One might conclude that certification still has significant value despite the changing and frequently uncertain nature of the IT industry as a whole. This theory is supported by the 21.6 percent of survey respondents that reported being extremely concerned about recertification and maintaining their skills.
It appears that, like cash, it’s better to have certifications than to have none.
– Kellye Whitney, firstname.lastname@example.org
The Effect of Demographics
In keeping with our findings over the past few years, demographics — and we primarily take into account gender, age and level of education — continue to play a significant role in determining the average annual salaries of IT professionals.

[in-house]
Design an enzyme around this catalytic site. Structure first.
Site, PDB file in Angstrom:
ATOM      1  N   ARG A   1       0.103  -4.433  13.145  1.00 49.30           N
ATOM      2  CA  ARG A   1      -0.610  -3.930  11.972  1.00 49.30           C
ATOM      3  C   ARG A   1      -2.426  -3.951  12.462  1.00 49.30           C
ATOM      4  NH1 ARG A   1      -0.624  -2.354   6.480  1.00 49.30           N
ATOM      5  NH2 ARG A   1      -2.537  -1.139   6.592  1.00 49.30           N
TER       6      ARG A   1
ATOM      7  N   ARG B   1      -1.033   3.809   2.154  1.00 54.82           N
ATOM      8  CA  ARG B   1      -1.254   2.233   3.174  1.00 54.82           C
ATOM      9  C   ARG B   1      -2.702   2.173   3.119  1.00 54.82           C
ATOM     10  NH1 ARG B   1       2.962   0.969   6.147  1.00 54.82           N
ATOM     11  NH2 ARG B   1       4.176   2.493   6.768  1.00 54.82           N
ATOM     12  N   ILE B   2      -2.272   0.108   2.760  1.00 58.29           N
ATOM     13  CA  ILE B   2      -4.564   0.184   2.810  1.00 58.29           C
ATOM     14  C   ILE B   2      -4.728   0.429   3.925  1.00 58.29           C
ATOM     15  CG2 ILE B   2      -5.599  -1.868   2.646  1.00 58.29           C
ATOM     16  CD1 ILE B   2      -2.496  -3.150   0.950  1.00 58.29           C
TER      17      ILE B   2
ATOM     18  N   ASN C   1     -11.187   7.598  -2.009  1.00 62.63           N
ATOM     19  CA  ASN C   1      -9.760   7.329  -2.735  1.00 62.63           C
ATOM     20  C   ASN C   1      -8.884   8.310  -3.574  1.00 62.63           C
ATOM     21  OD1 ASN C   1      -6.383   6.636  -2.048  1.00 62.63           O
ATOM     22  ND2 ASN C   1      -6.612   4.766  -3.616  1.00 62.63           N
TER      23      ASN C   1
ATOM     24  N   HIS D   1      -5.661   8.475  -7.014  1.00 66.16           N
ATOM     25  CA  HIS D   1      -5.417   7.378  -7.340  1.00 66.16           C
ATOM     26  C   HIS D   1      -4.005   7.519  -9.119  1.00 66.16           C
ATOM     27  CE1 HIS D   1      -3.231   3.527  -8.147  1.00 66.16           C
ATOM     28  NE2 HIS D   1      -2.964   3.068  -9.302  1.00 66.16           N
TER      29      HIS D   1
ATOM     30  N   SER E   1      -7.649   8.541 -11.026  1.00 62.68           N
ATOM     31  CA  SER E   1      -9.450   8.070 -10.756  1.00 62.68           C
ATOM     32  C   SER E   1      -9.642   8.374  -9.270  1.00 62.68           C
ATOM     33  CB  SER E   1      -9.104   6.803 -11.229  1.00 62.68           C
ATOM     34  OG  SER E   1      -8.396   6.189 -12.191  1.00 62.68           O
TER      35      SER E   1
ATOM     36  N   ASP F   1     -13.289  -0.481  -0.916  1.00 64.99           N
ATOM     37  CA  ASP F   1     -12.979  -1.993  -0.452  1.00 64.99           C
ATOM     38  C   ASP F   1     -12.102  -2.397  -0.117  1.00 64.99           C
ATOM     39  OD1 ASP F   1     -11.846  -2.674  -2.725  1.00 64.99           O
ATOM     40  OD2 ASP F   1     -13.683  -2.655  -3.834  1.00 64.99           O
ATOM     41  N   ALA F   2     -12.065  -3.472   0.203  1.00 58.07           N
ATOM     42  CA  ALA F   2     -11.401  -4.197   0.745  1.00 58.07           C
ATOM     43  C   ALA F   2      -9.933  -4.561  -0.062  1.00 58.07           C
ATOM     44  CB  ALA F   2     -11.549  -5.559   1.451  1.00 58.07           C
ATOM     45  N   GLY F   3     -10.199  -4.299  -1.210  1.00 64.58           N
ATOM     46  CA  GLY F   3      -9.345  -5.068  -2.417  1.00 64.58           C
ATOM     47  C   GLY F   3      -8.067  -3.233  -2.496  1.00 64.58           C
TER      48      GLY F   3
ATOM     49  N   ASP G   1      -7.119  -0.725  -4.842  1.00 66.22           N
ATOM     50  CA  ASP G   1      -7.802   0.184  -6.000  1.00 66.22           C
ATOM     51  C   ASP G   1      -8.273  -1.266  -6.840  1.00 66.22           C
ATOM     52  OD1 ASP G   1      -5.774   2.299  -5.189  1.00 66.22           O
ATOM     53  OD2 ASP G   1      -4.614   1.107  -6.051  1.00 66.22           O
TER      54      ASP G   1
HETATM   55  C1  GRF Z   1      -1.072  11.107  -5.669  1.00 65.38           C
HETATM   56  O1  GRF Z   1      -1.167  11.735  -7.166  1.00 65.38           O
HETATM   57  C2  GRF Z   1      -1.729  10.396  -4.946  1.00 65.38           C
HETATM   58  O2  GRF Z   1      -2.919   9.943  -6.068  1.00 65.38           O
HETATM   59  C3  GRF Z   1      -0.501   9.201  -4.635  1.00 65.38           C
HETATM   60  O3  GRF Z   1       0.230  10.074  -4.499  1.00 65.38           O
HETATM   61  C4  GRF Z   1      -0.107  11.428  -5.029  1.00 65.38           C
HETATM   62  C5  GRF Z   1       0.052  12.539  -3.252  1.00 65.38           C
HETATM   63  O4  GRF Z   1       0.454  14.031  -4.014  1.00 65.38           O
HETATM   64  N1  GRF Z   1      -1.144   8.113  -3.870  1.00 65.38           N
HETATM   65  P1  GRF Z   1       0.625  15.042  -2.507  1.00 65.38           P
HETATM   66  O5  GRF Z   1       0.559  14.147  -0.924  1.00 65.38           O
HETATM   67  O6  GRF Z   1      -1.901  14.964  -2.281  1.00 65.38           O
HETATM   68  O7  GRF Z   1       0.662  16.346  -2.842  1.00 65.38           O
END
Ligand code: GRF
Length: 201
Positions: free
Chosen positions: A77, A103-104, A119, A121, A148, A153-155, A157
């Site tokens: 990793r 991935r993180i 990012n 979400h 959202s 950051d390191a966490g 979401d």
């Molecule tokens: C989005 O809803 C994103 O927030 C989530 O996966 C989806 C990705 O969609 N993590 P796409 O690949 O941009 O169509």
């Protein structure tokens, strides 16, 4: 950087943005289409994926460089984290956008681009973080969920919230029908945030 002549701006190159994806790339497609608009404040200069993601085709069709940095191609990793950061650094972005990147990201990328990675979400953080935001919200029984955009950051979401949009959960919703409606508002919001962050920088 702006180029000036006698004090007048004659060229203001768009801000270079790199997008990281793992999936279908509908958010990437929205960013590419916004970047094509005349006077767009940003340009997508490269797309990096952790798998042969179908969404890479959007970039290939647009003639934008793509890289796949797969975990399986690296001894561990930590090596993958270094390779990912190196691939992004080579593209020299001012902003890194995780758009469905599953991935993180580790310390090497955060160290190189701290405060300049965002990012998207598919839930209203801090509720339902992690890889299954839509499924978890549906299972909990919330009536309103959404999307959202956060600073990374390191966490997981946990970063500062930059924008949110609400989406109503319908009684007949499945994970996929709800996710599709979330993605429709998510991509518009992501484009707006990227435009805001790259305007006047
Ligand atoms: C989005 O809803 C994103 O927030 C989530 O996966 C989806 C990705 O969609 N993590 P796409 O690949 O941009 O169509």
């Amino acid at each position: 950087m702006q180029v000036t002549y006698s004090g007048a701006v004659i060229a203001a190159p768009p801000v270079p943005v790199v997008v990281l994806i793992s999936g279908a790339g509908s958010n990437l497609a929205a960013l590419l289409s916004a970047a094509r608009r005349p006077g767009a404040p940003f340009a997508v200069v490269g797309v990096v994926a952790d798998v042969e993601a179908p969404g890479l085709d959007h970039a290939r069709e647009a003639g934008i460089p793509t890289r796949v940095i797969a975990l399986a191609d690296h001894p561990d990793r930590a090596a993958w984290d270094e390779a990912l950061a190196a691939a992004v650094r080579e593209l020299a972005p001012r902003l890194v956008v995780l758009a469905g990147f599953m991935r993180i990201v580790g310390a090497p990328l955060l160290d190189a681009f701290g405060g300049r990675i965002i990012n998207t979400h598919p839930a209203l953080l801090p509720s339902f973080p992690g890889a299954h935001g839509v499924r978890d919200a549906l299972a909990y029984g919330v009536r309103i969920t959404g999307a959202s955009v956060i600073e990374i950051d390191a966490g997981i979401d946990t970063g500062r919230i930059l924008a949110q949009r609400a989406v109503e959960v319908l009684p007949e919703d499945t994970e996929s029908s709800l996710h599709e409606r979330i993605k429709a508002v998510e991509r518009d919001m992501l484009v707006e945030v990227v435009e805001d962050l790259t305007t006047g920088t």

An interesting find this year is related to the ever-increasing gender gap in the IT industry. While the phenomenon itself isn’t new, the statistics associated with it are newsworthy. The earning gap reported between men and women almost tripled this year to $6,400 from $2,190 in 2007.
The average annual salary reported by men was $59,140, compared with $52,730 for women. On the other hand, the average salary for all respondents — men and women included — amounted to $58,520 because male respondents constituted 90.4 percent of the total respondents, and females only represented a tiny sliver of the pie.
Age is another component to consider when assessing the average annual salaries of IT professionals. Of course, it should be noted that age itself cannot determine or predict one’s financial earnings in the IT industry. It is intricately interwoven with other factors such as education, professional qualifications and location. The average salaries reported by our respondents and the corresponding statistics can be found in tabular form in Fig. 4.1 | 2 | 3 |